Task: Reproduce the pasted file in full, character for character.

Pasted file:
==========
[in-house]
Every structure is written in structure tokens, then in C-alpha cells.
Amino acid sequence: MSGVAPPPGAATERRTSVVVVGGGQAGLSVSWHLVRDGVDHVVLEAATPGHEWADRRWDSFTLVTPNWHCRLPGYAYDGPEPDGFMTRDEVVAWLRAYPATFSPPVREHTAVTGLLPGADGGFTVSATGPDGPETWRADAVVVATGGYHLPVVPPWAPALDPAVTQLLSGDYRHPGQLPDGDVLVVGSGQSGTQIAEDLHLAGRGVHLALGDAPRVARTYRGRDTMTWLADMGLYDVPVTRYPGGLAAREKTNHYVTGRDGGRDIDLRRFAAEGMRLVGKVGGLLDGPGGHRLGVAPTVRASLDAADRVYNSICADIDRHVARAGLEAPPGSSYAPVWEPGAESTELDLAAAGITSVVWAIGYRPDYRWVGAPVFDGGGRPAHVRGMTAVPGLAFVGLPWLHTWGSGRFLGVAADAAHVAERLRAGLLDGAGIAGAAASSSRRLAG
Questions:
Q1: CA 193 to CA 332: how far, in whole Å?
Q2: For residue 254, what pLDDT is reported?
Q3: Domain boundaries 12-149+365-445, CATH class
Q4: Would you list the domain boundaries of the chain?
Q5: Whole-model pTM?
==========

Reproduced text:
[in-house]
Every structure is written in structure tokens, then in C-alpha cells.
Amino acid sequence: MSGVAPPPGAATERRTSVVVVGGGQAGLSVSWHLVRDGVDHVVLEAATPGHEWADRRWDSFTLVTPNWHCRLPGYAYDGPEPDGFMTRDEVVAWLRAYPATFSPPVREHTAVTGLLPGADGGFTVSATGPDGPETWRADAVVVATGGYHLPVVPPWAPALDPAVTQLLSGDYRHPGQLPDGDVLVVGSGQSGTQIAEDLHLAGRGVHLALGDAPRVARTYRGRDTMTWLADMGLYDVPVTRYPGGLAAREKTNHYVTGRDGGRDIDLRRFAAEGMRLVGKVGGLLDGPGGHRLGVAPTVRASLDAADRVYNSICADIDRHVARAGLEAPPGSSYAPVWEPGAESTELDLAAAGITSVVWAIGYRPDYRWVGAPVFDGGGRPAHVRGMTAVPGLAFVGLPWLHTWGSGRFLGVAADAAHVAERLRAGLLDGAGIAGAAASSSRRLAG
Questions:
Q1: CA 193 to CA 332: how far, in whole Å?
Q2: For residue 254, what pLDDT is reported?
Q3: Domain boundaries 12-149+365-445, CATH class
Q4: Would you list the domain boundaries of the chain?
Q5: Whole-model pTM?